Kenneth M. Kirsner, JD, MS, CRNA
Professor of Nursing
Director, Nurse Anesthesia Concentration
Caylor School of Nursing
I am surprised at the vitriol directed at the NBCRNA when it announced its move to alter the recertification process. Thirty one years ago this past summer I began my journey into the world of nurse anesthesia. I was fortunate in receiving mentorship under the late Ira Gunn. As many readers recognize, she was the creative mind behind the movement to the Council structure.
Roughly 40% of my career involved faculty roles in academic anesthesia programs. The rest of the time I have been a clinician. Regardless of my role, the need to advance knowledge was always at the forefront of my thinking, primarily because it provided a pathway to offer excellence and improvement in anesthesia care. Additionally it afforded a systematic defense should one be drawn into the contentious domains of law and politics. Why then have nurse anesthetists fought against a rigorous recertification process and testing?
I wonder if it is not the insular nature of our work. We work behind the locked doors and red lines of the operating room. We have special clothes and wear masks. We sit behind a drape we refer to as the blood-brain barrier. Although modern monitors conspicuously display minute to minute outcomes, commonly no one really knows what is happening with the patient but me. We like to compare ourselves to airline pilots, but there often is no copilot, there are no black boxes, few checklists, rarely simulators, and in what was once the sterile cockpit, now noise conversation and distraction predominate.
Indeed our world has changed from a time past. We now have electronic records, quality improvement and root cause analyses. Infection rates are recorded as are all manner of complications. Our anesthesia machine notes whether or not you performed a check. Your monitors archive for the curious what the blood pressure was even absent an automated anesthesia record. Our cellular phones list our conversations, texts and internet usage. Credentialing, background checks and drug screening are the norm. Checklists, procedural time outs AND infection control specialists who observe hand hygiene are ubiquitous.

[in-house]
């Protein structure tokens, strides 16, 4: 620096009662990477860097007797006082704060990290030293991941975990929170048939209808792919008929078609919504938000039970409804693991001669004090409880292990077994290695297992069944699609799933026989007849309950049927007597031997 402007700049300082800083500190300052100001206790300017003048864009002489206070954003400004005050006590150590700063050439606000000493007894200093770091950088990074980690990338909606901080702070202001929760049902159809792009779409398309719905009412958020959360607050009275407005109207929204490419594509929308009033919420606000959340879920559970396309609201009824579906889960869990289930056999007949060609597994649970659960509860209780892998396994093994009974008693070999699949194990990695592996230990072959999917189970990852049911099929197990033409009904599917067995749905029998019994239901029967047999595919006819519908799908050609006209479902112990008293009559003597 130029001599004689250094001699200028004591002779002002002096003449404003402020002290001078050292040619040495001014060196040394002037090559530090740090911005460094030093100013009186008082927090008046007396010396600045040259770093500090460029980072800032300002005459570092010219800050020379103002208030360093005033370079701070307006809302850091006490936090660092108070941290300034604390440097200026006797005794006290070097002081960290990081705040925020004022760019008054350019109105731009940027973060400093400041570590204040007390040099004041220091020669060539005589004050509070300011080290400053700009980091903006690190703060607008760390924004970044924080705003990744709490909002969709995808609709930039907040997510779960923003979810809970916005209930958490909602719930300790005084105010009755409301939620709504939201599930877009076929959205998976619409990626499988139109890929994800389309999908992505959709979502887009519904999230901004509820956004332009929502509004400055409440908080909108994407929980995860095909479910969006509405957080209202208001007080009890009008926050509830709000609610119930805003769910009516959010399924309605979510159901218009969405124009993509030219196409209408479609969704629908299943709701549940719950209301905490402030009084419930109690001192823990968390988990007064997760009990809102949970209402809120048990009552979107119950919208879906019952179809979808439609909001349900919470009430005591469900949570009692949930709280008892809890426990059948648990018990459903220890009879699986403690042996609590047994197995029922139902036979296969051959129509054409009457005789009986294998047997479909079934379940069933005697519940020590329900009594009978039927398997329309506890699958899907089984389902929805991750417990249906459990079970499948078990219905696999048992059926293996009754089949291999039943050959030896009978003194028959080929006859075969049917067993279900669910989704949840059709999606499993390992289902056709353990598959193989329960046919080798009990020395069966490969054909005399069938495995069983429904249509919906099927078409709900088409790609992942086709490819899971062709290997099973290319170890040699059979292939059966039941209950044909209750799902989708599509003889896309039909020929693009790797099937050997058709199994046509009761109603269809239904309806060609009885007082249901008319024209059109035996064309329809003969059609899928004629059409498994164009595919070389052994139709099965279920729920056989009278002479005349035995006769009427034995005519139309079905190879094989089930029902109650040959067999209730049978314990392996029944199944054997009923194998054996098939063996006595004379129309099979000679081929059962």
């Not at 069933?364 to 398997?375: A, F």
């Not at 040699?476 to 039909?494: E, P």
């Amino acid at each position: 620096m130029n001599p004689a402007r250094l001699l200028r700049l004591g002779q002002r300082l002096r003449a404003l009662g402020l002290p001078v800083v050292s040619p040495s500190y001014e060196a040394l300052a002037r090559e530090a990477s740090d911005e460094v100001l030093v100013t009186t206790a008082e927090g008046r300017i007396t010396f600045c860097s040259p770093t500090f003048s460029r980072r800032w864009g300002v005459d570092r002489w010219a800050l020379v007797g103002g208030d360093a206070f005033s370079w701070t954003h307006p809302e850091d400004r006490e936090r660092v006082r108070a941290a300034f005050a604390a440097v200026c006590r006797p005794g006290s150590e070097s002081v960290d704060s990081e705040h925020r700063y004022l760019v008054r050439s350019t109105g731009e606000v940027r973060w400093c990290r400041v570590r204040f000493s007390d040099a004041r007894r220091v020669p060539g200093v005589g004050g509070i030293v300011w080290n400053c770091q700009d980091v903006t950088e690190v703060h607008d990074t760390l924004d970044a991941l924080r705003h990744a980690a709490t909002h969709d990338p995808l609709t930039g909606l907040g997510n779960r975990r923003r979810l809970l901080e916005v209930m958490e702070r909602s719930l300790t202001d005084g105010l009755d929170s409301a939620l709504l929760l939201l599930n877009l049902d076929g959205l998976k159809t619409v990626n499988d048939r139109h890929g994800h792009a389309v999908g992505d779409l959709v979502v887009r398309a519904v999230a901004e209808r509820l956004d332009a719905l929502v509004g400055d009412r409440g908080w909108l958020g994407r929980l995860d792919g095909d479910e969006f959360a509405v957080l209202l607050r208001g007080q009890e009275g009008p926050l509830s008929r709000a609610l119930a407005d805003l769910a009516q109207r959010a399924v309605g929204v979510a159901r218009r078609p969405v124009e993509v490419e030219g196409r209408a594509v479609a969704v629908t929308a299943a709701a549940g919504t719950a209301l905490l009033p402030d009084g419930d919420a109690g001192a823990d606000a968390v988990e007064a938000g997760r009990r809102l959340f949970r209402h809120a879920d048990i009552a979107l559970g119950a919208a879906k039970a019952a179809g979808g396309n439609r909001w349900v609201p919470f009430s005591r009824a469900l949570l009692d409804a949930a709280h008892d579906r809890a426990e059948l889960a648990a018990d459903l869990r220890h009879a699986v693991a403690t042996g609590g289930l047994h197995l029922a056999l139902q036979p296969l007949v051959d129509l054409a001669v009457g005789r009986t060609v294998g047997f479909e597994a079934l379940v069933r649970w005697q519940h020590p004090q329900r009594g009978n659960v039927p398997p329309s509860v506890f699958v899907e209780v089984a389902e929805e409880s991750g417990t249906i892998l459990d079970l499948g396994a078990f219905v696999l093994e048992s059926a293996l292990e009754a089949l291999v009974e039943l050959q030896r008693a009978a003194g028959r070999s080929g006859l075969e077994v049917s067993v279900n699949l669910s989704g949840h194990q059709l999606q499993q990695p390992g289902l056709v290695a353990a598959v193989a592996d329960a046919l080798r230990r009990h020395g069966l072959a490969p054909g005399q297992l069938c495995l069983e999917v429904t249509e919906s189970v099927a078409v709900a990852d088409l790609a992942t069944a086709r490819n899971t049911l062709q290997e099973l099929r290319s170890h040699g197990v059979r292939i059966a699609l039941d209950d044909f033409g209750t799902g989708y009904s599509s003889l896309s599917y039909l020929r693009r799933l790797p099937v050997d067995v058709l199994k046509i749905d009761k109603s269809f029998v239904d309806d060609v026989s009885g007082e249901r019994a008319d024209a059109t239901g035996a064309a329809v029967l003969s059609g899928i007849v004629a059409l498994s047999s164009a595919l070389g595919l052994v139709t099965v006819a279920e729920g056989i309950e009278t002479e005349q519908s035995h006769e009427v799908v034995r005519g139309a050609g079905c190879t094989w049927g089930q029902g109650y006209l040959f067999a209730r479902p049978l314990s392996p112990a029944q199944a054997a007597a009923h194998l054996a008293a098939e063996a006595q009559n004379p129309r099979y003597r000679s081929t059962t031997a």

When I present issues at anesthesia meetings regarding the standard of care, five years after CDC promulgated injection safety standards, four years after the Las Vegas debacle, two years after our association’s formal declaration syringe safety standards, I continue to encounter arguments about dividing propofol ampules or using small IV bags for administration of phenylephrine to multiple patients. If the CDC, AANA AND ASA agree that best evidence mandates that providers adhere to a set of standards, than deviant practices that are known to injure patients should be abandoned.
We need testing. In the future, testing in a simulator will likely be mandated. Recent entrants into the profession see this as the norm having been exposed to simulation in their training. We must advance our profession or someone else will do it for us. Candidates for this include state and federal agencies, insurance companies, medical doctors and healthcare institutional administrators.
I would ask those who question the need for rigorous testing for recertification to consider something. You plan to board a Boeing 777 bound for Paris. You can choose between two airlines. On one, the pilots recertify with a few hours at a continuing education junket where they may not even attend the lectures that they report, where there is little to no oversight of the speakers or entities providing the education. The other mandates attendance, provides simulation and assesses the resultant learning and skillset.
Which do you choose?